Traverse City Record-Eagle

Archive: Monday

December 24, 2012

Northern Notes: Good memories provided by the grandchildren

Like cherished ornaments lovingly placed on the Christmas tree, memories of the past warm the heart. They can be bright and shining like new. Sometimes they become faded or are lost completely. Wonderful things our children said as tots are like that. Although we're sure we will always remember them even if we don't write them down, they sometimes get lost in the busyness of day-to-day life and gradually fade from memory.

Sadly, I didn't write down the wonderful phrases my children came up with when young, so I make sure to write down memorable things my grandchildren say. Much like the title of the TV show from the 1950s and '60s that featured Art Linkletter talking to children, kids really do say the darndest things, and I'm going to indulge myself and share some of my grandchildren's comments here.

One is from several years ago, the older grandson was rubbing his cheek and had a thoughtful look on his face. I asked what he was thinking about and he said, "I'm thinking I will probably have hair on my face in about a year, just like my dad." He was 4 at the time.

Another grandchild as a kindergartner suddenly blurted out the Pledge of Allegiance after seeing an American flag and then commented "I bet I just knocked your socks off, right Grandma." He did. I was duly impressed and applauded his patriotism.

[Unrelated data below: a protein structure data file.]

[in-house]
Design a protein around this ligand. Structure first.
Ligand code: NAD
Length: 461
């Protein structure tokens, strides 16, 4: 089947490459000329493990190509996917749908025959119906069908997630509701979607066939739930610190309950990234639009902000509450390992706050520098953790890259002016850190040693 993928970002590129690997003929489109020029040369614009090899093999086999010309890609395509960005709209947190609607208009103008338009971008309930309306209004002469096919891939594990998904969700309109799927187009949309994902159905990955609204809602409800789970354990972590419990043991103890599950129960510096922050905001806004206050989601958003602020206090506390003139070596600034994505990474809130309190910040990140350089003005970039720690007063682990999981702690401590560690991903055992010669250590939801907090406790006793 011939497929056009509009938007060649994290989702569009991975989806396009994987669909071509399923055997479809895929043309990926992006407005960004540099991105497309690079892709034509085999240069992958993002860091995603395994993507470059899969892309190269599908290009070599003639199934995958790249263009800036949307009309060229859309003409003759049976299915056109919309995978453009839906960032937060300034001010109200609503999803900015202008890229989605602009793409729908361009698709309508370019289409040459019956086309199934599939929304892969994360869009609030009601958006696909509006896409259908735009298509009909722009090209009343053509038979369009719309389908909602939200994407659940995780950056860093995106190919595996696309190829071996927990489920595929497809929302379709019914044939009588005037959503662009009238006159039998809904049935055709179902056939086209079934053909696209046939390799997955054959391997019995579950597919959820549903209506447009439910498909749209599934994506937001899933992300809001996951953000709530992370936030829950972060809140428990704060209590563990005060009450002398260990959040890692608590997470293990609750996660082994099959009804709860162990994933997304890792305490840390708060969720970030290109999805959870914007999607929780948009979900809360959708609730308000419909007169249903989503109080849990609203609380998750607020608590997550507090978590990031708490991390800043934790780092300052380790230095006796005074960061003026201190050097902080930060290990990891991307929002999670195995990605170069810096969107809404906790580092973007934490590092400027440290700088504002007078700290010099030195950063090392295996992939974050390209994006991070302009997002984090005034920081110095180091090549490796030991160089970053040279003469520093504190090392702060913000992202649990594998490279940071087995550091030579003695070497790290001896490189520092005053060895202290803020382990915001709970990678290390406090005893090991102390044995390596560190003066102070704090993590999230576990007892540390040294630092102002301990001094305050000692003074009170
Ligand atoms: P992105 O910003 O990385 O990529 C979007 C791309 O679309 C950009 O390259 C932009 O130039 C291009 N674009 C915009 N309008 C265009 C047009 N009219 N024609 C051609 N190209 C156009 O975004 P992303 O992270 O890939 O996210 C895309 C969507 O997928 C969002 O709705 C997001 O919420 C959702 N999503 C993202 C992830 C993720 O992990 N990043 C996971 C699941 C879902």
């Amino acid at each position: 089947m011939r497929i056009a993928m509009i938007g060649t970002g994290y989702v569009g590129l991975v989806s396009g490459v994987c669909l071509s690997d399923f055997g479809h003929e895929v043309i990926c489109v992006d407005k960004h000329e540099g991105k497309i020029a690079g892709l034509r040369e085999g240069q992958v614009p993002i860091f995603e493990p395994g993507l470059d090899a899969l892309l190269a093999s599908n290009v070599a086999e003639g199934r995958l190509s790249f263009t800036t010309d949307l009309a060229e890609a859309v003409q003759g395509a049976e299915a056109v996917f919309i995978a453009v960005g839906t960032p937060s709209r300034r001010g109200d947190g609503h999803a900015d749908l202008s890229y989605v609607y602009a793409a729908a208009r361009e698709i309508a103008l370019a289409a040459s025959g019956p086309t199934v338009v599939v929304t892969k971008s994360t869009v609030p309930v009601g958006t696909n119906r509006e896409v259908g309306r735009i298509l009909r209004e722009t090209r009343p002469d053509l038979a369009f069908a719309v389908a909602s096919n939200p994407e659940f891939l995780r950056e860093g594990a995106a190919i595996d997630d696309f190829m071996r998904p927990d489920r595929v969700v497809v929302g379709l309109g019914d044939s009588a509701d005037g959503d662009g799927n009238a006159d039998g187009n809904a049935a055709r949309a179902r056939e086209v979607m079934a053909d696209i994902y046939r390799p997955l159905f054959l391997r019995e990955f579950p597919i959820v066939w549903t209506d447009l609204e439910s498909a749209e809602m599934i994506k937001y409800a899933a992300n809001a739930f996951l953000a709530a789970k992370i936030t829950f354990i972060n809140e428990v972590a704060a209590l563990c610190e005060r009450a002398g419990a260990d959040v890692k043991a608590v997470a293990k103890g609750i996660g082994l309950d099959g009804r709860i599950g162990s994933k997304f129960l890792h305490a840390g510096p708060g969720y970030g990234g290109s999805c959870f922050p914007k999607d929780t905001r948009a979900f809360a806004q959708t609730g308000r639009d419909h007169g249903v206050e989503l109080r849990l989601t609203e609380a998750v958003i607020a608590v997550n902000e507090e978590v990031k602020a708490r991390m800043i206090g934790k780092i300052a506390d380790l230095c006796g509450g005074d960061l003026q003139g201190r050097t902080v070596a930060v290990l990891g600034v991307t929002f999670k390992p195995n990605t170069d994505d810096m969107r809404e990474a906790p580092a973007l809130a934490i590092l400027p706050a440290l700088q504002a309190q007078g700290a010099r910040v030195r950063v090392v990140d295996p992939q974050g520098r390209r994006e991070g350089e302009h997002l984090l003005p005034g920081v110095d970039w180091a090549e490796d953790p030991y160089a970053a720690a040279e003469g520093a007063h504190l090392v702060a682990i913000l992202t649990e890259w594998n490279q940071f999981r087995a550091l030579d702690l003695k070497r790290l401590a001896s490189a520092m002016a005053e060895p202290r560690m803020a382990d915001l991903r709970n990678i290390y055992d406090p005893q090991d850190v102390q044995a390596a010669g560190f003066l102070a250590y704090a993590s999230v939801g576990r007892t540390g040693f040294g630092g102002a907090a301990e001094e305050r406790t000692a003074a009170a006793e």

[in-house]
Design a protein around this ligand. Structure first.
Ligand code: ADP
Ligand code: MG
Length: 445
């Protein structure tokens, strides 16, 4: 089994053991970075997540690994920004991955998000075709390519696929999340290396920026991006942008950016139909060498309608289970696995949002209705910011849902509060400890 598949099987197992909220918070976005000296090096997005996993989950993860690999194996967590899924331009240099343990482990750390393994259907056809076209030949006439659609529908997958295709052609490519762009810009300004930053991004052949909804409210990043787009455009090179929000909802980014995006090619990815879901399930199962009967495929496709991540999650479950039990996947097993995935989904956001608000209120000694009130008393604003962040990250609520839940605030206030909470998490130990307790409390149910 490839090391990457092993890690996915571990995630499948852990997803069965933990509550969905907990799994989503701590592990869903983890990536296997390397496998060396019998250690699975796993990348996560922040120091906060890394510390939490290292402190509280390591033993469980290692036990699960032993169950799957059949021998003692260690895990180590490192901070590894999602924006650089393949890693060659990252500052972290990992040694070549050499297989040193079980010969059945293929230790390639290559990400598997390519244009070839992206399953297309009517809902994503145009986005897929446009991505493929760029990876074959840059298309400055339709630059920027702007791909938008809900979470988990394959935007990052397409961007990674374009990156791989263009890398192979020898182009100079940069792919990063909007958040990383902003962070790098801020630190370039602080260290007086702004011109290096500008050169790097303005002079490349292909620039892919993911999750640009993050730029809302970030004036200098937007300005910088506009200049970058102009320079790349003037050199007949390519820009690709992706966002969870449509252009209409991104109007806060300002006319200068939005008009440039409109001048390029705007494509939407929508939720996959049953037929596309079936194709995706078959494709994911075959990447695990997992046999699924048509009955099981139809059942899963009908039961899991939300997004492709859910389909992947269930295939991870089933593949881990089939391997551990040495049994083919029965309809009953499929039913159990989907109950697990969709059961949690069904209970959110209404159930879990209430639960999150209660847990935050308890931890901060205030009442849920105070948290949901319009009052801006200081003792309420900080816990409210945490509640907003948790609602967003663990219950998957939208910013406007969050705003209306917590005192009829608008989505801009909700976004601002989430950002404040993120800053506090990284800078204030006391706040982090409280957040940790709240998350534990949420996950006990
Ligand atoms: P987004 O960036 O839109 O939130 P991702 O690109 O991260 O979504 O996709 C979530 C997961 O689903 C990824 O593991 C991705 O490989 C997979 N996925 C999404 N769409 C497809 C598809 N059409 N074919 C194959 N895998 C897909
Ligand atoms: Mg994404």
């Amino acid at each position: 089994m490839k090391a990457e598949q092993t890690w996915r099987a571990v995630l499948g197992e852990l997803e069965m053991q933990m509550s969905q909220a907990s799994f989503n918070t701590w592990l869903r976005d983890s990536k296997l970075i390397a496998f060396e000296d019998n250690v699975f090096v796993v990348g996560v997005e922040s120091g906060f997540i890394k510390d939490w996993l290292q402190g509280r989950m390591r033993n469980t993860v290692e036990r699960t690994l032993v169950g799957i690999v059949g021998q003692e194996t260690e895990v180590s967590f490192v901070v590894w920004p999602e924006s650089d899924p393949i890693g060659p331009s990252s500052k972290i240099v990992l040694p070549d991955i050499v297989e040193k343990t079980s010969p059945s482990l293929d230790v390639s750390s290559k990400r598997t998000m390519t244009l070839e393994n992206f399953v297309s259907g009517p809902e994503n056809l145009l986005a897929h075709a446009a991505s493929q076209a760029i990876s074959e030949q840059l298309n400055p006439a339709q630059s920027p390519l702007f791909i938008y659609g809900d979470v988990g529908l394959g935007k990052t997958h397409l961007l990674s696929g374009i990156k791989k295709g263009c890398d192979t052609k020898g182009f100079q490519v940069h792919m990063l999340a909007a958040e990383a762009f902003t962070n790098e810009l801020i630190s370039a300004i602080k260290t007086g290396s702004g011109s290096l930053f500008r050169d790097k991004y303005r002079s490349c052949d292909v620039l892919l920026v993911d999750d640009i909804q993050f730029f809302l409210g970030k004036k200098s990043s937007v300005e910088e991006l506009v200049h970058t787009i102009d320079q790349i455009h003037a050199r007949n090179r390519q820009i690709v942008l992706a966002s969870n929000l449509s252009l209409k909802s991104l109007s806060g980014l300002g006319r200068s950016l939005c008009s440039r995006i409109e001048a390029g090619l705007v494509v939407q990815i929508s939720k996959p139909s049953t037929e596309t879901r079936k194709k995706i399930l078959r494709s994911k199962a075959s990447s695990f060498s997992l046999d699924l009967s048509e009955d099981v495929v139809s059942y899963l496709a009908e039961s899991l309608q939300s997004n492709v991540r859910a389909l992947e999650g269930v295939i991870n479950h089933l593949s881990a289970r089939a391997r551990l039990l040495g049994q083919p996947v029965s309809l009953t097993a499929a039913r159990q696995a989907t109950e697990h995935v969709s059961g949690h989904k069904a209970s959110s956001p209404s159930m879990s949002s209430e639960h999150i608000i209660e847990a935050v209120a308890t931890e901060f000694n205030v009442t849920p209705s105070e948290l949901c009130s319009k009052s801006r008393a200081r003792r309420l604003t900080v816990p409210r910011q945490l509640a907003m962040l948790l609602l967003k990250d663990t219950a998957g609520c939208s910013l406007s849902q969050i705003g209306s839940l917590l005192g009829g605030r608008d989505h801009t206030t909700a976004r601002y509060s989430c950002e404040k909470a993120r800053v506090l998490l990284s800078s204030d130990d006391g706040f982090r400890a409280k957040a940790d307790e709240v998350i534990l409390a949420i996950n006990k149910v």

Another time, the same grandchild said, "I like worms. Worms poop dirt and we need dirt." I think the class must have been studying ecology that week.

Telling me about a convoy of Army trucks a grandson had seen, I asked if he knew where they were going and he replied, "back to the Army orchard." I chuckled as I envisioned rows of trees sprouting tanks and trucks and battleships and the Department of Defense harvesting a fleet of whatever they needed.

Although generally not allowed soda pop with caffeine, I relented one time and later, the grandchild I indulged asked if I remembered the time he had pop with caffeine. I said yes and he replied, "My tongue could smell it because my tongue has buds." Sometimes my thought processes aren't as quick as their's and it took me just a few seconds to realizes he meant his taste buds.

One of my insect-loving grandchildren had a brief love affair with roly-polies, building little towns for them to live in after being caught. After picking one up, she excitedly commented as it crept up her arm, "Look he loves me!" and insisted that the probably terrified bug was giving her a hug.

I hope my memories prompt some of your own to share during this special time of year. Merry Christmas.

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